Christina Inserillo Pushes for More Studies on the Equine Immune System and Its Link to Diet

Christina Inserillo

Christina Inserillo is a graduate student in the field of animal health. She has a lifelong passion for horses and is currently pushing for research to be completed into the link between equine immunity and their diet. As with all fauna, a healthy lifestyle — which includes a balanced, nutritious diet and plenty of exercise — contributes to overall health, and she aims to uncover exactly what a balanced, nutritious diet is for horses.

Horses have been found to be susceptible to a variety of illnesses, many of which prove to be fatal. These include arthritis, West Nile Virus, tetanus, influenza, and sleeping sickness. It is now believed that, if healthy horses are given the right types of supplements, their overall immune system will be improved, protecting them from those types of illnesses.

As part of her studies, Inserillo aims to boost the overall health of animals the world over. Her goal is to ensure that horses do not become susceptible to diseases in the first place, by taking a proactive approach, rather than a reactive one.

Why Christina Inserillo Became Interested in How Diet Affects Equine Immune Systems

She became particularly interested in the topic after the 15th annual Mid-Atlantic Nutrition Conference. This conference took place in April 2017 in Hunt Valley, and the topic was discussed by Lori Warren, Ph.D. PAS, who is the University of Florida's Department of Animal Science's main Equine Nutritionist. Warren had pointed out that 70 percent of an animal's immune system is linked to its digestive system, which proves that health and food are intertwined.

During the conference, Warren explained that the immune system is comprised of the innate and the adaptive system. The first is there to fight disease-causing organisms, providing blanket protection for all pathogens. The innate system is present in all living creatures and continues to function throughout life. Meanwhile, the adaptive system develops as it is exposed to pathogens, learning how to fight them and remembering those lessons for the next time it encounters them.

Christina Inserillo Wants to Improve on the Adaptive Immune System

According to Inserillo, boosting the adaptive system could be a great way to improve the overall immune system of horses. In fact, this is already done to a certain degree through vaccinations, which enhance the immune system but only for certain specific pathogens.

Inserillo is clearly not the only one with an interest in equine immunity. In fact, responsible horse owners the world over have started to invest in nutritional supplements to boost their horses' immune systems. Unfortunately, the scientific proof to demonstrate the effectiveness of doing so is still lacking. Inserillo, together with experts such as Lori Warren, are now pushing for more research to be conducted on probiotics and other foods that may improve equine digestive health.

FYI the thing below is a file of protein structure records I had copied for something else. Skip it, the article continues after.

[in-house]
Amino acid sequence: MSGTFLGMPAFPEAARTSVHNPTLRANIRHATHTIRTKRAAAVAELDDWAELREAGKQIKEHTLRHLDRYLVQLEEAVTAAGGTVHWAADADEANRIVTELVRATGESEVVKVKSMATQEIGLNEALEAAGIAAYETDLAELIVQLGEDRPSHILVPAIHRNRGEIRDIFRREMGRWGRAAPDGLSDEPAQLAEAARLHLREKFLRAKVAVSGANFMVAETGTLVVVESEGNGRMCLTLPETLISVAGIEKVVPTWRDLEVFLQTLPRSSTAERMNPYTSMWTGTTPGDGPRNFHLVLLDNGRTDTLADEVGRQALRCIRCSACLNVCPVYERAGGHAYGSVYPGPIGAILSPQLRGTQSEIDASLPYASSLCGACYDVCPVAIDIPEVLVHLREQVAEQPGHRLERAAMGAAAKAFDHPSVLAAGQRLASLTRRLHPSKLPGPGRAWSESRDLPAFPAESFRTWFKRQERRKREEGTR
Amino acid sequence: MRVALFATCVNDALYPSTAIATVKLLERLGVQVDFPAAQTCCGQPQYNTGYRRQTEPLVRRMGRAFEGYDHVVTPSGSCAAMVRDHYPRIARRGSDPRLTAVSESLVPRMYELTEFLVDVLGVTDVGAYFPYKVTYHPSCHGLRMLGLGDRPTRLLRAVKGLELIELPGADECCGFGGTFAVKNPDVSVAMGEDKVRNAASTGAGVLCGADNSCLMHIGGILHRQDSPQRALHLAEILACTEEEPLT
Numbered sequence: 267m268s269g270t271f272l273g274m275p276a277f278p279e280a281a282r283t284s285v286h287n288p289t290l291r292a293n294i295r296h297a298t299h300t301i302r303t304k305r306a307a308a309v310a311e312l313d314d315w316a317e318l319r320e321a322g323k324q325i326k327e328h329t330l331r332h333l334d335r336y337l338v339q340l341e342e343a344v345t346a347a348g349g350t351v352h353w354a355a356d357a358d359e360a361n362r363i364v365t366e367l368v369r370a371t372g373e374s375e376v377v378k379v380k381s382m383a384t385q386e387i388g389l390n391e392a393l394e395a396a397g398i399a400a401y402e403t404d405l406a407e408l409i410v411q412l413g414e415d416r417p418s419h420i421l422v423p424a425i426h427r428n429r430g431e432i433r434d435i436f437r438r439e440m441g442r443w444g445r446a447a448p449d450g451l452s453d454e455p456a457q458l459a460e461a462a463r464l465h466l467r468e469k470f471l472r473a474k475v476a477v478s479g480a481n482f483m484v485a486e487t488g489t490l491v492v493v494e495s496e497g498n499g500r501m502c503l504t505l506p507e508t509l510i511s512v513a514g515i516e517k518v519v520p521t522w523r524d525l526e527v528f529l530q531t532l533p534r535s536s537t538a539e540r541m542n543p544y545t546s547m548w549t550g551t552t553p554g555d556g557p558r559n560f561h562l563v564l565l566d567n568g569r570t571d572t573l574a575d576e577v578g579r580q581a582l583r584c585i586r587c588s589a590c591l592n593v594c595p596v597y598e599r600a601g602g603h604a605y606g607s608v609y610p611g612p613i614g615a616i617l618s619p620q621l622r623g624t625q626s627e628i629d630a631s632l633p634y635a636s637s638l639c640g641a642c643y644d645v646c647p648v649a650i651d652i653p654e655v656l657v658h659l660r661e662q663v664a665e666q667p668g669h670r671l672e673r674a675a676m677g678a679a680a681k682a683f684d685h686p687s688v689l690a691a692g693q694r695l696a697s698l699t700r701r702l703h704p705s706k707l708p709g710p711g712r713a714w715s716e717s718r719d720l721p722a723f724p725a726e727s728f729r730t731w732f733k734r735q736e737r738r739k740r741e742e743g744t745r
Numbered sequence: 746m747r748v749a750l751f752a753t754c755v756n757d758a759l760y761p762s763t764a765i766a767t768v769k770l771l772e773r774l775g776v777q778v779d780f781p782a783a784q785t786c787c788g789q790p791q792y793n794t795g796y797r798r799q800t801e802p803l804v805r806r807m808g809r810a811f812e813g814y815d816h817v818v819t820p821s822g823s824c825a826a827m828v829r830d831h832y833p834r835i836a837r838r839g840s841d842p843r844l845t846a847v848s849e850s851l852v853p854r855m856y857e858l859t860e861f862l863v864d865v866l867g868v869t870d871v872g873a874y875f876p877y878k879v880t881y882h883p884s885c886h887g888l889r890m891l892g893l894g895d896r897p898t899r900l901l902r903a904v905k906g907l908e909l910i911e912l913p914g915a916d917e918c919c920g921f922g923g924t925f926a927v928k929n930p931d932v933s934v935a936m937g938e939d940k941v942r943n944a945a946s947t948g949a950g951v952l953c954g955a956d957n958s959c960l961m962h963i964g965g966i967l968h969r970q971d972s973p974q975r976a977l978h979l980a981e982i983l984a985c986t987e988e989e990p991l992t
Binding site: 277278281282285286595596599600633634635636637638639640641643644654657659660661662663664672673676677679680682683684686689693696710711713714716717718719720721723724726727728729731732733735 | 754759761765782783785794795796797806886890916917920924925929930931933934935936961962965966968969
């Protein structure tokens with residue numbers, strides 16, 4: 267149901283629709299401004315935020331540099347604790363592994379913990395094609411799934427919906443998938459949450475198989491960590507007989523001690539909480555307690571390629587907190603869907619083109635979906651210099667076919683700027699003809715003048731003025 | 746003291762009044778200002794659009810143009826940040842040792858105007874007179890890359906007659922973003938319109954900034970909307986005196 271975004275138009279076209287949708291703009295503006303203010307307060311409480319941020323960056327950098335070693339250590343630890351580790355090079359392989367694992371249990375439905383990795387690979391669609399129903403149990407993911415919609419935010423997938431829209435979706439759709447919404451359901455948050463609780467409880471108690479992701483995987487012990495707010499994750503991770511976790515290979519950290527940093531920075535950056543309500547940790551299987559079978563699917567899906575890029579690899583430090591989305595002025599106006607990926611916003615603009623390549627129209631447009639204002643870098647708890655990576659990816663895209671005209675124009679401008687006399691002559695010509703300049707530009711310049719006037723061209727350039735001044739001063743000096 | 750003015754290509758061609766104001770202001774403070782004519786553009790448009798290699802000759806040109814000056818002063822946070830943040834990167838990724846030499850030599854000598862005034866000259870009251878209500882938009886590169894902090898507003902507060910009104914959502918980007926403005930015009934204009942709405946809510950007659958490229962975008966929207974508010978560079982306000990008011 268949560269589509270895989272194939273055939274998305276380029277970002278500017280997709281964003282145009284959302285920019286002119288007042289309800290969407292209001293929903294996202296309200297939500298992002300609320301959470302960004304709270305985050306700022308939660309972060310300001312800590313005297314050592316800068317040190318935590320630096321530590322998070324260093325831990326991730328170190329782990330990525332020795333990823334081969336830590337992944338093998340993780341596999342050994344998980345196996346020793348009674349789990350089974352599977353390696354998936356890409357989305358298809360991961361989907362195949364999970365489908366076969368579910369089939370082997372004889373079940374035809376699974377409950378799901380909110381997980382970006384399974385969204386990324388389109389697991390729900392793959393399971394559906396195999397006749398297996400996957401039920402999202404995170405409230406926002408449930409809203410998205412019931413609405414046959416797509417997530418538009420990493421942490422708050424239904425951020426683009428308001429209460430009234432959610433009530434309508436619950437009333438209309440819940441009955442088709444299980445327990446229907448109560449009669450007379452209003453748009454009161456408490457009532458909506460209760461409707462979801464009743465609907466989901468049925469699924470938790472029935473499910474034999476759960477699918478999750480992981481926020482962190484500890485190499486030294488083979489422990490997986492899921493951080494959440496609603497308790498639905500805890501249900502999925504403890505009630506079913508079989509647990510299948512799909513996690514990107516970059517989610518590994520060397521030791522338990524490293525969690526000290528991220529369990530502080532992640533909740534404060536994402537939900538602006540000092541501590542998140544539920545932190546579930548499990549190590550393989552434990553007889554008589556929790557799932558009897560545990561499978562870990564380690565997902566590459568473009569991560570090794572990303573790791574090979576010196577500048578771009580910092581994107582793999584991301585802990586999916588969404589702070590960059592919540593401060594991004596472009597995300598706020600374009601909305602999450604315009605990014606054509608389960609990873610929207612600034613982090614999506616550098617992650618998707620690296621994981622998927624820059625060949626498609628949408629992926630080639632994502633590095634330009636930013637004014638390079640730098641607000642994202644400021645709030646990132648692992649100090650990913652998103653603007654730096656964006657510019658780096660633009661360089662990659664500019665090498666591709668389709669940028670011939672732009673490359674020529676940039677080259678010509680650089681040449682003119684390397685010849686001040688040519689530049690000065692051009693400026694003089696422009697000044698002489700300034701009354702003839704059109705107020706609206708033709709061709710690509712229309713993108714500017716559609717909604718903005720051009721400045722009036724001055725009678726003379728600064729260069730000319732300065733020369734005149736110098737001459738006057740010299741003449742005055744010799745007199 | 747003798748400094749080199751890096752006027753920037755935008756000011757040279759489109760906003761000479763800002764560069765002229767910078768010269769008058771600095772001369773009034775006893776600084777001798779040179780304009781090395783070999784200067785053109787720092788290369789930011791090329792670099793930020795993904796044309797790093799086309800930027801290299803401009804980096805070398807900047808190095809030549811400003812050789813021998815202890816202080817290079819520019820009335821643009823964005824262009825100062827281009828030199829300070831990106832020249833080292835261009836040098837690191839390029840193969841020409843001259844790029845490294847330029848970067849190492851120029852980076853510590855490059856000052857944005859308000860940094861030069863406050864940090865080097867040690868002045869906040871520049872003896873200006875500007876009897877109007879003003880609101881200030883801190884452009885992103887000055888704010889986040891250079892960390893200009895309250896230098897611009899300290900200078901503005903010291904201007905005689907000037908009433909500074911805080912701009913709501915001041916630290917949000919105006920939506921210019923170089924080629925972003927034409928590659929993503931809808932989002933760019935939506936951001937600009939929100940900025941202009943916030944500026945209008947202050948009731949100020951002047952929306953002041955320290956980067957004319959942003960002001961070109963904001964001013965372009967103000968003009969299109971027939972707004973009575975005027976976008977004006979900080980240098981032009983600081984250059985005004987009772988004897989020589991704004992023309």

The challenge is that scientists are hampered by an apparent inability to properly measure the immune system of a horse. The result is that it is equally difficult to measure whether certain foods have a positive or negative effect. Some scientists have suggested that one way to find out whether foods work would be to purposefully compromise the health of a horse, which is something that Inserillo vehemently opposes. Other scientists have proposed studying diseased horses, testing different kinds of nutrition to see which ones would improve their health. However, for Inserillo, this would be reactive rather than proactive science, as her interest lies not in healing horses, but in preventing them from getting sick in the first place.

Some Progress

There is a basic understanding of the nutritional needs of horses. This includes consuming vitamins and minerals, proteins, and fats. Some progress is being made in terms of determining where the greatest needs lie, and what their effects are. For instance, supplementing with omega 3 fatty acids, fibers, and fats, have had a positive effect on inflammatory airway disease and osteoarthritis, mainly because these nutritional elements are anti-inflammatory in nature.

It has also been found that pathogenic bacteria that reproduce in the gut of horses can be fought through functional fibers found in oat hulls and beet pulp, which are rich in probiotics. This is because these foods encourage the bacteria to produce large quantities of volatile fatty acids.

The Road Ahead

More needs to be done, however. Inserillo points out that feeding a horse a healthy, balanced, and nutritious meal is common sense. However, determining what that consists of, particularly now that horses no longer roam in the wild in most areas and are instead domesticated animals, is much more difficult. What would be classed as balanced and nutritious for humans, for instance, may not have the same effect on equine digestive health and the immune system.

Source: Christina Inserillo

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